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Most Americans think their biggest lifetime purchase will be there their home. But, a growing number of patients are facing medical bills twice as expensive as their home. Price transparency is an idea that is catching on around the country, yet has taken hold in Oklahoma already for several years. Learn which hospitals, doctors, and providers are earning high marks for quality while providing transparent, fair prices to patients. Those with a keen eye will notice that most of the providers in this list are also KPPFree (formerly known as KPPFree) too!
Jay Kempton, president & CEO of The Kempton Group has been described as "the personification of a disruptive force in the self-funded world." In The ShiftShapers Podcast Series, Episode 65, Jay talks about everything from what buying a truck would be like if we applied today's insurance purchasing rules to why Health Savings Accounts do not represent a real long-term solution.
A switch in health care saves Oklahoma County hundreds of thousands of dollars and could be millions by the end of the year, but those on the other end of the switch claim there's more than meets the eye.
Charts show patients cost savings on a variety of surgeries. Each one with a difference of several thousands of dollars.
The reason? A switch to self-funded healthcare coverage.
Oklahoma has the opportunity to save state employees and state taxpayers money while ensuring high-quality health care, by embracing health insurance reforms implemented by Oklahoma County for state employees.
This document, created by the Society of Professional Benefit Administrators (SPBA), compares myths and facts when it comes to self-funding.
Beginning in 2017, states have the option of allowing large employers (i.e., more than 100 employees) to purchase a fully insured health plan through public insurance exchanges. H that happens, fully insured large group coverage sold through the exchanges must include the 10 essential health benefits (EHBs) and comply with other standards that now apply only to the individual and small-group market plans.
This article, published in the Journal of Free Standing Emergency Medicine, outlines the concept of Transparency and Free Market Healthcare in the face of the Affordable Care Act.
SCN provider members gain access to more surgical cases, Kempton Group clients receive high-quality, low-cost, transparent care
"If you can't beat them, join them." This nugget of 1930s political wisdom of indeterminate origin is no less true in a wide variety of situations than it was nearly 80 years ago. While it may be the only option for hospitals faced with growing demands for price transparency, the problem is this: knowing who to beat and where to join isn't so clear. At this point, however, it's looking like hospitals may be out of options.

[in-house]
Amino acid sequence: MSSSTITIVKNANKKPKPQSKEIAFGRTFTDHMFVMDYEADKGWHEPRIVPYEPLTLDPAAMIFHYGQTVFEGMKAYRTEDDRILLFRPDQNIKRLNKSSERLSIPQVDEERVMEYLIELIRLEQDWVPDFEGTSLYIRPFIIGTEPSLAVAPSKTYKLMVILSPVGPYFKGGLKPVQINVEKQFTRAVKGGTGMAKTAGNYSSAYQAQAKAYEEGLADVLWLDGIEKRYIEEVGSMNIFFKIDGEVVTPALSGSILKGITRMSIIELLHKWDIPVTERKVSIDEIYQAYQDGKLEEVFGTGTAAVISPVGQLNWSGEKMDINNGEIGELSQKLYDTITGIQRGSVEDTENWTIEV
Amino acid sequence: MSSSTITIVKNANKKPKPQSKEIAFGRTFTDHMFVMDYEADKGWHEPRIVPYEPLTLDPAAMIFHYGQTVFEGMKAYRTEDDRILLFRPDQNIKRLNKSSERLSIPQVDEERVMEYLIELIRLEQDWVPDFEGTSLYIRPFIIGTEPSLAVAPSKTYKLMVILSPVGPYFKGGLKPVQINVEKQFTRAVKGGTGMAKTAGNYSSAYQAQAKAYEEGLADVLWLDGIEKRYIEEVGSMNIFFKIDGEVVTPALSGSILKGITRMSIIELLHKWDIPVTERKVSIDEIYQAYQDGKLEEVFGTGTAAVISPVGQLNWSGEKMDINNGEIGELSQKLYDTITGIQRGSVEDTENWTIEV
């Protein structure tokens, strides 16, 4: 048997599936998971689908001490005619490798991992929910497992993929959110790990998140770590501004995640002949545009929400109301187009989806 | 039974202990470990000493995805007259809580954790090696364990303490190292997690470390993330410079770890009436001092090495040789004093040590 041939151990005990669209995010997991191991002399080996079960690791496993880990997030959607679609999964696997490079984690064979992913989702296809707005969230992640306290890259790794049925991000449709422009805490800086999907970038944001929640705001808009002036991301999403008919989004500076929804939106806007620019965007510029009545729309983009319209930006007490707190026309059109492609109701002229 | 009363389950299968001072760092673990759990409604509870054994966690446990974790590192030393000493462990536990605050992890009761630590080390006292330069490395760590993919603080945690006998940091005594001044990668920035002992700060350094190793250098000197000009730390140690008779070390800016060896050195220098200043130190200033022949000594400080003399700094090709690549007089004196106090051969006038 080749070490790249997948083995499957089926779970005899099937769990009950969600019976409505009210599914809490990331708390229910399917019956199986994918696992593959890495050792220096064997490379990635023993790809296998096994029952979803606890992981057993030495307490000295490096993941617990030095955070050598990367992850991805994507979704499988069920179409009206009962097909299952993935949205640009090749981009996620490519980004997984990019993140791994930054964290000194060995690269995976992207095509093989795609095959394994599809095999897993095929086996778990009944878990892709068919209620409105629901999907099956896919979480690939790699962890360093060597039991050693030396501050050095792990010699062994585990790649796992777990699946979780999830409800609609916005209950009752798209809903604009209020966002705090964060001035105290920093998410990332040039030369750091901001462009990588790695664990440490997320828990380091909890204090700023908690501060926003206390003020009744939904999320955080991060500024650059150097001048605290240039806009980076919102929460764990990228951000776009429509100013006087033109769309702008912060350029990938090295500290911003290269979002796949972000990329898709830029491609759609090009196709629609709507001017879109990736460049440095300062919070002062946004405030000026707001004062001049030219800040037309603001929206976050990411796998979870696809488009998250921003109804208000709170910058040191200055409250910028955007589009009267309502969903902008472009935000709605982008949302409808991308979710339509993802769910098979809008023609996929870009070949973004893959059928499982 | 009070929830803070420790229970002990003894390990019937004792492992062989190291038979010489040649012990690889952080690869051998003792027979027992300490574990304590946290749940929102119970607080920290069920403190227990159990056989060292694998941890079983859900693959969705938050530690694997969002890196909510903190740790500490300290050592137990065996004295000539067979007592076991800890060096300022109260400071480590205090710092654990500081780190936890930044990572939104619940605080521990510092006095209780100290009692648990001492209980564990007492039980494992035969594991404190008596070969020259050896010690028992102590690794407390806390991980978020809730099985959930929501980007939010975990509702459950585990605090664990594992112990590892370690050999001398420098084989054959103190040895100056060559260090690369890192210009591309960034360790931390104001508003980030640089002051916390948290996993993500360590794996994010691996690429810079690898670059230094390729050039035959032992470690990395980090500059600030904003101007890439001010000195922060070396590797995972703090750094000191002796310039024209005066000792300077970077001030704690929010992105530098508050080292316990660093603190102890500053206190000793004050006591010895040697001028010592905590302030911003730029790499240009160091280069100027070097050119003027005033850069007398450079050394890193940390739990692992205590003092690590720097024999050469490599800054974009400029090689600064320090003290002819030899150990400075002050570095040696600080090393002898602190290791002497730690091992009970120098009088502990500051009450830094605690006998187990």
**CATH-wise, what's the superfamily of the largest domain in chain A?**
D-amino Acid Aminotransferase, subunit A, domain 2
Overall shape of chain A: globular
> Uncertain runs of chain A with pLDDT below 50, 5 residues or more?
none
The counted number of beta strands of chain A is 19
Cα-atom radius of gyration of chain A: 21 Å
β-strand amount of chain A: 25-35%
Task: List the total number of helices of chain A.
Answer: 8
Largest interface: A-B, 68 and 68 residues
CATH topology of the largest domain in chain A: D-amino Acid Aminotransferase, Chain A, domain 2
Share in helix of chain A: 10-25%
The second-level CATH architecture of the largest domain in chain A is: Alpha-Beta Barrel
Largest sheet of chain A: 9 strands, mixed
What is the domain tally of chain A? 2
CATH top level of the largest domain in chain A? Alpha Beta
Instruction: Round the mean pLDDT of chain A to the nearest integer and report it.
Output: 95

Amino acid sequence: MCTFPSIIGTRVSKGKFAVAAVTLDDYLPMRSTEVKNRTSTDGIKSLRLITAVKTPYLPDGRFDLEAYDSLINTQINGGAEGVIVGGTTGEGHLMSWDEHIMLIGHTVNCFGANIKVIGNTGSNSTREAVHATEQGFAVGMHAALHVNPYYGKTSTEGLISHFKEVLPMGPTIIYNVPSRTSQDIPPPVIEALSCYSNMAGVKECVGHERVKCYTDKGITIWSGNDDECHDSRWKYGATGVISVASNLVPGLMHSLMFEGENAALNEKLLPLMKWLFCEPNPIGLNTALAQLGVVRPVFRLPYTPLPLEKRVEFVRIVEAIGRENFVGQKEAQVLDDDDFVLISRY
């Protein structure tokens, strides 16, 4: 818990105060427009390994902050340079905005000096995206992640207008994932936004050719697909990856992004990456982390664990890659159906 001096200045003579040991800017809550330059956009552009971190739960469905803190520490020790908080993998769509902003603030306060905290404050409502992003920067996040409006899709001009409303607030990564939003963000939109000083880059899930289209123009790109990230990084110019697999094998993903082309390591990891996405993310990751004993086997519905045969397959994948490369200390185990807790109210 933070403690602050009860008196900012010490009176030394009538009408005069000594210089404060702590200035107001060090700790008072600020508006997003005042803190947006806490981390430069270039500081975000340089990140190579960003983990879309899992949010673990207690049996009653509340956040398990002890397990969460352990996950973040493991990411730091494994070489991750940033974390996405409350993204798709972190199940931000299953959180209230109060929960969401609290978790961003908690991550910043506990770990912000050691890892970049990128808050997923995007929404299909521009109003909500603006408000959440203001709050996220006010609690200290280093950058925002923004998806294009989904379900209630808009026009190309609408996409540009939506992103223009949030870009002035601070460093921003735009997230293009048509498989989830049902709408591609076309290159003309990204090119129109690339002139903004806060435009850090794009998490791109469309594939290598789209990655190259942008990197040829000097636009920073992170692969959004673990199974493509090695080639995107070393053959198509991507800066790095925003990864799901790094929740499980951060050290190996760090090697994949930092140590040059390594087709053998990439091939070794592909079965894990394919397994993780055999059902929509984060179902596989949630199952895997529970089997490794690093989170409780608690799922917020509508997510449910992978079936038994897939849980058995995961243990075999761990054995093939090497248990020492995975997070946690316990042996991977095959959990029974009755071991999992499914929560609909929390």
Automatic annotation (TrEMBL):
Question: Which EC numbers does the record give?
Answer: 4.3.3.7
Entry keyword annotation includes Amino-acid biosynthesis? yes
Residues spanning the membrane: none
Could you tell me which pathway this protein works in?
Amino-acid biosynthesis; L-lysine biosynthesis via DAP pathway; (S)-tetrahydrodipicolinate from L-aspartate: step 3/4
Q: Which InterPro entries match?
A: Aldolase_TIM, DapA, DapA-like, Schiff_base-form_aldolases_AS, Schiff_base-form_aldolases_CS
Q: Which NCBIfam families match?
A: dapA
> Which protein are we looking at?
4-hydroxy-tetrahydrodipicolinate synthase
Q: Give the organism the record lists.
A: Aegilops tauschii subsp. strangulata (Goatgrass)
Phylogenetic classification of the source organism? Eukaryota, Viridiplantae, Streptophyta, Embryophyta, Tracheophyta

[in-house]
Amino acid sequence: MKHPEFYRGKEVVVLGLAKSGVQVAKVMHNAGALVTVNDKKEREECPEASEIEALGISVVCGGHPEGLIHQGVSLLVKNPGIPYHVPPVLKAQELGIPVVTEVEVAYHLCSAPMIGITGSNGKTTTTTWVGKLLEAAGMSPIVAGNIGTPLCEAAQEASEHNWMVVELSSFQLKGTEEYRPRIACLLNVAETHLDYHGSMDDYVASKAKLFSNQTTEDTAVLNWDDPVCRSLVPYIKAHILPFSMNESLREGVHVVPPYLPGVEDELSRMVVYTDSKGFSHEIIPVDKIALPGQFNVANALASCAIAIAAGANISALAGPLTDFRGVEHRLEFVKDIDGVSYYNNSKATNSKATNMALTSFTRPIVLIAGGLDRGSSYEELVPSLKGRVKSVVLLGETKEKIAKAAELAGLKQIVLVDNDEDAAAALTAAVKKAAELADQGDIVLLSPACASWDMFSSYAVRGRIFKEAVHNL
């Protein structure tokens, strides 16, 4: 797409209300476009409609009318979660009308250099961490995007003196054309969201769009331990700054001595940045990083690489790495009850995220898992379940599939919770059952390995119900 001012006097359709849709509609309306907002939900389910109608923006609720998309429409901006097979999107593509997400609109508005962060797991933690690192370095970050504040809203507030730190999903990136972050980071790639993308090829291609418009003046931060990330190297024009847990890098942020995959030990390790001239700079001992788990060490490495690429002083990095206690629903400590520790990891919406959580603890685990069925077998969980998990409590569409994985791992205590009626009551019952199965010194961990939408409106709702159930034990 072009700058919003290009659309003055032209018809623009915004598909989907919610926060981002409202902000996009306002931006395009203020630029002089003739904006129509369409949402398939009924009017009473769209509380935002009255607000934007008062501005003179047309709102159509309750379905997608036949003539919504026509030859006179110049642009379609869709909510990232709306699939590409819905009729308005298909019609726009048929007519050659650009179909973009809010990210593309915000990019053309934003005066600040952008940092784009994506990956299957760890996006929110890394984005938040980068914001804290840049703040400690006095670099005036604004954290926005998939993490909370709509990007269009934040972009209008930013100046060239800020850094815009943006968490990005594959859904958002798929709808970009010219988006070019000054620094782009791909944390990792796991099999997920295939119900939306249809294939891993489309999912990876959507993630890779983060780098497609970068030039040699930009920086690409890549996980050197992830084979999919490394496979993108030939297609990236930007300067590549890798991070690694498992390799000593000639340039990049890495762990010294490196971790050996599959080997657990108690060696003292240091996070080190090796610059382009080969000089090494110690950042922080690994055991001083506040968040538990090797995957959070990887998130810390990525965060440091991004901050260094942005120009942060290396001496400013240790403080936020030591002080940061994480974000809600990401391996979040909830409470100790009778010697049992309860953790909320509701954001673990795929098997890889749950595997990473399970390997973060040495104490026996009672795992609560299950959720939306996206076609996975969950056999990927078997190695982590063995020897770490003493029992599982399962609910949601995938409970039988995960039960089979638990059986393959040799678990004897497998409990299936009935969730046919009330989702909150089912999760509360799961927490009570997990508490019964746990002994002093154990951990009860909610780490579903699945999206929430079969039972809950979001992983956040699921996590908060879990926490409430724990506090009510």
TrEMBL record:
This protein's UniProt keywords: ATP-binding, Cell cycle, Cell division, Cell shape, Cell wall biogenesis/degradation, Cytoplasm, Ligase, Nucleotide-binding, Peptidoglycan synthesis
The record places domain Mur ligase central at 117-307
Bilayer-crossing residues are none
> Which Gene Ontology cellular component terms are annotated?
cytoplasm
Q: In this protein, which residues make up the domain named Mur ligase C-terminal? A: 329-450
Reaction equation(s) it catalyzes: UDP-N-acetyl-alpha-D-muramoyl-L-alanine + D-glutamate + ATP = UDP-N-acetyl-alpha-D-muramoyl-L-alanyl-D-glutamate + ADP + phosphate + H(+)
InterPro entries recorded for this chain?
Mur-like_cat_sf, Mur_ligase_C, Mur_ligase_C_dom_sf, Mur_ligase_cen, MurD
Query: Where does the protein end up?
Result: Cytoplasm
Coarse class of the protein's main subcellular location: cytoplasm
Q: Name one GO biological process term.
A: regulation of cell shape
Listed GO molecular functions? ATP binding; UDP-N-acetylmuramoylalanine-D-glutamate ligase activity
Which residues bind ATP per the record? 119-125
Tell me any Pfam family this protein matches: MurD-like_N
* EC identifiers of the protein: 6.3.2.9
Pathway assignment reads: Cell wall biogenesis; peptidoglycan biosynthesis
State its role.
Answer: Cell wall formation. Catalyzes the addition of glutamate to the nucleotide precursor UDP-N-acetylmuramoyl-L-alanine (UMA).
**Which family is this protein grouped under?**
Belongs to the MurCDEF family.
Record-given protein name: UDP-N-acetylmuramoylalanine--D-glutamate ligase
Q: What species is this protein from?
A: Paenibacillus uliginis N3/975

This article is a bombshell. It is one thing for me to write on this blog that I think the healthcare price transparency movement is growing and unstoppable. It is another thing for a representative of the big hospitals to say that those who don't embrace price transparency may go out of business! OK. Now you are going back to click on the link aren't you?!
This is quite an admission and something for everyone to celebrate. It also shows, I think that this is happening without legislators forcing the issue, a move that will likely only screw things up.
G. Keith Smith, M.D.
Dr. Keith Smith discusses how his early experiences with mentoring surgeons who utilized fair and transparent health care practices are showing that the modern day transparency movement cannot happen fast enough.
When Ira Horner, 62, found out how much his knee surgery for a torn meniscus was expected to cost, he worried that he would spend the rest of his life in debt.
A floor associate at Hutchinson Oil, in Woodward, Okla., Horner had health insurance through his employer, but it was unclear as to what he would ultimately be expected to pay.
After talking to friends and nurses at the medical center where he was being treated, Horner estimated the surgery would cost at least $16,000, and he'd end up paying about 20 percent of that plus his $1,000 deductible.
Pulitzer-winner Tina Rosenberg of The New York Times profiles the Surgery Center of Oklahoma and delves into their unique approach with regards to price transparency.
It is well documented that high deductible health plans (HDHP) are rapidly growing (see here, here, here, and here). It is indisputable that HDHPs have an effect on consumer behavior (not all positive... improperly designed HDHPs result in lower use of preventive screenings). Personally, I have gone from a Cadillac health plan where I paid nothing (literally) to a $10,000 deductible for my family. Let me give you an example. One of my kids needed to have their adenoids removed. Before, we would have blithely gotten the procedure done oblivious to the costs. Instead, I tried mightily to get a price ahead of time so I could negotiate a cash price. Only the surgeon was willing to give me a price for his services. I paid him out of my HSA prior to the surgery and we both came out ahead. Unfortunately, the hospital was unwilling to give me this information. The final bill was close to $10,000. In contrast, the Surgery Center of Oklahoma would have charged $2,695 for the entire procedure.
Health insurers are privately warning brokers that premiums for many individuals and small businesses could increase sharply next year because of the health-care overhaul law, with the nation's biggest firm projecting that rates could more than double for some consumers buying their own plans.
Hip replacement can cost $10,000 - or $125,000, depending on the hospital, study finds